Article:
The American Industrial Hygiene Association (AIHA) says it supports the underlying goal of Sen. John Breaux''s (D, La.) recently introduced bill, S. 2184. The bill mandates the issuance of an ergonomic standard.
Breaux says his revised ergonomics legislation, co-sponsored by Sen. Arlen Specter (R-Pa.) and 22 other senators, requires the Occupational Safety and Health Administration (OSHA) to reissue a rule to address work-related musculoskeletal disorders and workplace ergonomics hazards within two years, and would not apply to disorders that are not related to work.
"This two-year implementation period comes at the end of two decades of the federal government identifying an ergonomics problem, but creating no national policy to correct it," Breaux said when he introduced his bill. "I believe a federal regulation is not only warranted, but it is the only way to ensure our nation''s ergonomics problems are addressed."
The legislation also requires that any new federal labor rule clearly defines under what circumstances an employer is required to address ergonomic hazards and what standards will be used to measure the employers'' performance. These work-related injuries cause about one million Americans to lose time each year and cost businesses about $50 billion a year in lost productivity. The bill prohibits any new rule from expanding existing state workers'' compensation laws, and provides information, training materials and outreach programs to help both employers and employees comply with the new rule.
"AIHA is pleased with Sen. Breaux''s continued strong commitment to pursue a fair and effective ergonomics standard," said AIHA President Henry B. Lick, PhD, CIH, CSP, ROH. "AIHA maintains that the scientific evidence supports the need for comprehensive ergonomics programs to protect American workers against musculoskeletal diseases (MSDs)."
Lick said AIHA believes that a sound public policy base exists for the formulation of an effective ergonomics standard. However, because of the diverse nature of AIHA''s membership, as well as some concerns about certain parts of the standard, the association stopped short of lending its support for the standard previously issued by OSHA and overturned by Congress, said Lick.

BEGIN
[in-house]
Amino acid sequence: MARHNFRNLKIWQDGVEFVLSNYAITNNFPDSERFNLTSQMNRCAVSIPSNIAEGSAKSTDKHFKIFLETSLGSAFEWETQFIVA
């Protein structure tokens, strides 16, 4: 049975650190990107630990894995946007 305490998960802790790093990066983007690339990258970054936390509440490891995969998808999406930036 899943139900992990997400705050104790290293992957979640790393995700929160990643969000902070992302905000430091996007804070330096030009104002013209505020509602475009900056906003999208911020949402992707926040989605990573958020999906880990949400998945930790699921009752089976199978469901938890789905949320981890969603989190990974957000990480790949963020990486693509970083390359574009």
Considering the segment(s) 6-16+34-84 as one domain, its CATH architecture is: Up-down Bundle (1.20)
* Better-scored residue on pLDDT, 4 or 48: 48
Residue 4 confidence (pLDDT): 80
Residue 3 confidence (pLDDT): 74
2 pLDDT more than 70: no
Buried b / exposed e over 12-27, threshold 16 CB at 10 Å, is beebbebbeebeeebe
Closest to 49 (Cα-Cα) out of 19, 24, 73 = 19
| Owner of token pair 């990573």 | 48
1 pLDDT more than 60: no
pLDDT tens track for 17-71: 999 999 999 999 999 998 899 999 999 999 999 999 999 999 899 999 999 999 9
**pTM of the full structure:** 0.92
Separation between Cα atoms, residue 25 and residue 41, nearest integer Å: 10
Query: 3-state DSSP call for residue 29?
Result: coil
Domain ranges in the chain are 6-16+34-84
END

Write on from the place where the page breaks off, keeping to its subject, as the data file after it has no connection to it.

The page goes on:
Following the repeal of the standard by Congress, AIHA was supportive of Secretary of Labor Elaine Chao in her stated commitment to take a "comprehensive approach" toward addressing the challenges surrounding ergonomics. Recently, OSHA announced its intent to develop industry-specific guidelines to address the issue of MSDs rather than propose a new standard. AIHA expects to be a participant in development of these guidelines as well as a participant in the expanded compliance assistance to be offered by OSHA.
"We were especially pleased with the administration recommendation for appropriations to conduct research into ergonomics and suggested that Breaux might consider adding this to the legislation," Lick commented.
"Whether by congressional mandate or through regulatory fiat, however, we feel that it is important that a new rulemaking process begin. Whether or not a new standard can be developed and issued within a two-year period is a concern and may perhaps be the most significant stumbling block to enacting the Breaux legislation," Lick said. "We would also suggest that Breaux consider including language that would assure a role for the National Institute for Occupational Safety and Health (NIOSH) in outreach, development of evaluation tools, and training."
by Sandy Smith ([email protected])